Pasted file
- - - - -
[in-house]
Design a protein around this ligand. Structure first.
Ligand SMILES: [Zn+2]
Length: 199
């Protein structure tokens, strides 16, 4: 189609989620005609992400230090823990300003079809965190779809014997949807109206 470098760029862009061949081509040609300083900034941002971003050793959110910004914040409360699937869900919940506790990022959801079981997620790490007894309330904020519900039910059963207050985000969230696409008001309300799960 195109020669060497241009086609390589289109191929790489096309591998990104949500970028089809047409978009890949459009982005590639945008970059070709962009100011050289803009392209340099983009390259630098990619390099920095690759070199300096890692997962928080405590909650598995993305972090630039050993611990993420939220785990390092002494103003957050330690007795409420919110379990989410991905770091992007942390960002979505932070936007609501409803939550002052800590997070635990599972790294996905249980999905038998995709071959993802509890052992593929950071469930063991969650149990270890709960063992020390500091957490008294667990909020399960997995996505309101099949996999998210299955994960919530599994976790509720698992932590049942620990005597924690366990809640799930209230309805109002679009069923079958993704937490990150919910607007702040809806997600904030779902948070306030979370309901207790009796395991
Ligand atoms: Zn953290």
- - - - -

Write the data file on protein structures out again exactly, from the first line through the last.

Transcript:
[in-house]
Design a protein around this ligand. Structure first.
Ligand SMILES: [Zn+2]
Length: 199
């Protein structure tokens, strides 16, 4: 189609989620005609992400230090823990300003079809965190779809014997949807109206 470098760029862009061949081509040609300083900034941002971003050793959110910004914040409360699937869900919940506790990022959801079981997620790490007894309330904020519900039910059963207050985000969230696409008001309300799960 195109020669060497241009086609390589289109191929790489096309591998990104949500970028089809047409978009890949459009982005590639945008970059070709962009100011050289803009392209340099983009390259630098990619390099920095690759070199300096890692997962928080405590909650598995993305972090630039050993611990993420939220785990390092002494103003957050330690007795409420919110379990989410991905770091992007942390960002979505932070936007609501409803939550002052800590997070635990599972790294996905249980999905038998995709071959993802509890052992593929950071469930063991969650149990270890709960063992020390500091957490008294667990909020399960997995996505309101099949996999998210299955994960919530599994976790509720698992932590049942620990005597924690366990809640799930209230309805109002679009069923079958993704937490990150919910607007702040809806997600904030779902948070306030979370309901207790009796395991
Ligand atoms: Zn953290």